photo by Carrie Plummer
Lots of businesses are using Facebook now. But many of them aren’t maxing out its potential. Often, companies omit the most basic information about who they are, what they do, and where customers can find them.
In part 2 of our “Social Media for Beginners” series, social media guru Tabitha Ong Tune offers this simple checklist:
How to set up a complete Facebook profile for your company—start telling the world your story, in 5 easy steps:
You’ve set up your Facebook page – congratulations! Before you start inviting people to like the page, make sure you’ve included all the most important information in your profile.
Get started by going to the Edit Page: Update Page Info setting at the top of your screen. You’ll want to answer the main questions potential clients have about you, as follows:
1. Who are you?
Giving your page a vanity URL is easy if you have a mobile phone you’re willing to connect to the page. The second line under the Page Info tab is your page address. This is where you specify what you’d like the Facebook.com subdomain to be. If you can use your full company name, do so.
Click on “Enter a Facebook web address.” It will prompt you to verify this by entering a mobile phone number. Follow the instructions and enter the code when prompted after receiving it on your phone.
Now you can enter the web address you want. Check for availability, choose one that’s easy to remember, and click “Confirm.”
2. What do you do?
“Short Description/ Long Description”
Your short description is what shows up on the very front when someone accesses your page. Keep it short and punchy. And don’t forget to include your website address at the end so people know exactly how to find your company site.
The long description is where you can get a little more in-depth with your business’s information. The Products option lets you list your unique services or products in a dedicated section.
Once you’re done entering this information, you can see it all populated by clicking “About” on your page. You should see this:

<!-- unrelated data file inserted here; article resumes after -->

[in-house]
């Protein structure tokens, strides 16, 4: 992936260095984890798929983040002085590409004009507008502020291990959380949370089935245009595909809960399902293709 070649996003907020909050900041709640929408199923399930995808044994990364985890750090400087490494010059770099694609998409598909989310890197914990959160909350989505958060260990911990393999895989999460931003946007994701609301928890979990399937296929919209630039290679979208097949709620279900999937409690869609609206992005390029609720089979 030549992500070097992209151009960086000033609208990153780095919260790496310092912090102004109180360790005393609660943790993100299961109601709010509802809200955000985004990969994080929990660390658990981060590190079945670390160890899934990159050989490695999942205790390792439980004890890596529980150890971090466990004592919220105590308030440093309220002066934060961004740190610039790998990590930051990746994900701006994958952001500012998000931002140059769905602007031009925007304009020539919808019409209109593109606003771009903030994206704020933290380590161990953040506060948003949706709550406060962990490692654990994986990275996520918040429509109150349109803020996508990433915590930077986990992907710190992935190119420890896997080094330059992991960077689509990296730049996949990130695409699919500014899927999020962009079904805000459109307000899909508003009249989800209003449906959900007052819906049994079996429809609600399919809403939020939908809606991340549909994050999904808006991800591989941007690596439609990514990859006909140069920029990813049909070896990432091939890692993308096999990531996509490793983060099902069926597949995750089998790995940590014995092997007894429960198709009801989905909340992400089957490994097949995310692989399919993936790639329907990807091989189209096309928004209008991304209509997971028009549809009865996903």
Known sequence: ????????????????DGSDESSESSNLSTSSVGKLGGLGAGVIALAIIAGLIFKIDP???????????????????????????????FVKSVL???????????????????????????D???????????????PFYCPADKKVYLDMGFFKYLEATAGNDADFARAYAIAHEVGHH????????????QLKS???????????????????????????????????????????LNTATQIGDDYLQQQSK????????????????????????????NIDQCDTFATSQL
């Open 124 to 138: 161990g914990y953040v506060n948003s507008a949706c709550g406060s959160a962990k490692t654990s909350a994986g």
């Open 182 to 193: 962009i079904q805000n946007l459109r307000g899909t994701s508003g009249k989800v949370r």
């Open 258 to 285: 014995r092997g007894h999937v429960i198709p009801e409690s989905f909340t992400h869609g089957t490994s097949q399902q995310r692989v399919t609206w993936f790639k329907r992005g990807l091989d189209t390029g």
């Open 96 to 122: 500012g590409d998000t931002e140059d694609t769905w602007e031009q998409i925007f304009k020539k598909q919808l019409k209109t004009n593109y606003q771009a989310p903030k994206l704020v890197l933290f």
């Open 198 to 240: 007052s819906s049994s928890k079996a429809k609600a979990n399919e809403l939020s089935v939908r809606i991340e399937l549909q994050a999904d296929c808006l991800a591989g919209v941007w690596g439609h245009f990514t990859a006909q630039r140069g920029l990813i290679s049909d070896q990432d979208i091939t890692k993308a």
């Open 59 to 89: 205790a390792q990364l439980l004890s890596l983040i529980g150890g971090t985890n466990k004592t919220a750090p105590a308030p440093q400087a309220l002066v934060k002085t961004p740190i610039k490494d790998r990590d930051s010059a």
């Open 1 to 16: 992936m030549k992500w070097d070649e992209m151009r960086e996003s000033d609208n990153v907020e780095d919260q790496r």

3. Where can your customers find you?
If you’re under the category of Local Business, you probably rely on customers who enter your door to buy something from you or to engage with you. Enter your business’s physical address, not a PO Box, so a map of your location shows up on your Facebook page.
If you’re not a local business, this doesn’t matter as much as a Web address does.
4. What do you look like?
Your page’s profile picture and cover picture are key. Those are the first things people see when they access your page. If the images are drab, askew, pixellated, or warped, folks won’t be impressed. Think about how you feel when you visit a Facebook page and everything is messy or garish.
First impressions last! Give your fans something that’ll wow them. Choose something that represents you and looks great, and be sure you own the rights to the images you use.
To upload a cover photo, hover your cursor over the larger area. “Change Cover” should pop up. Click on that to upload a picture. The recommended dimensions are 851 by 315 pixels. Any less, and the picture stretches out of shape and looks bad. Any more, and the picture gets cropped.
The next picture you upload is the profile picture. Hover your cursor over the square box, and the words “Edit Profile Picture” should appear. This one’s a little trickier to master.
Your picture has to be at least 180 pixels wide, but if the image you’re uploading is exactly 180 pixels, it will get resized and cropped after the upload. To prevent this from happening, set your picture size to 180 x 180 px, but allow for a 10 pixel border around the text or image you use, like so:
This way when you upload your picture to Facebook it will fit nicely. If you do not have the ability to create images, hire a graphic designer or find someone who is proficient with Photoshop to help. Because nothing screams “amateur” like a shoddy profile picture or cover photo.
There are companies that specialize in creating great cover photos for businesses that you can find just by doing a search online. For some examples of really good Facebook cover photos, click here to see what inspires you.
5. Say something.
This final element of what makes a great solid Facebook page profile is ongoing. Your statuses are your customers’ and fans’ window into what you do. So before you start promoting your page, get active on it by updating your status.
That doesn’t mean telling us what you had for lunch, or repeating “Our services are the best” over and over. It means telling your story, helping customers get to know who you are and what you stand for.
If you spend a week or so adding profile updates before you promote your site, when someone accesses your page for the first time, they’ll immediately see activity there and learn something about what you do, before they click through to find out more about your business.
Your content exists to remind your fans and customers that you exist, and why they need to work with you or come back in to see you again and again.
Use Facebook to run contests and offer incentives, share news items that are relevant to your industry, and congratulate colleagues on professional milestones. Engage in conversation with your clients, and most of all, make use of this free platform to really connect with your community and customers.
See Part 1: Getting Started with Facebook for Business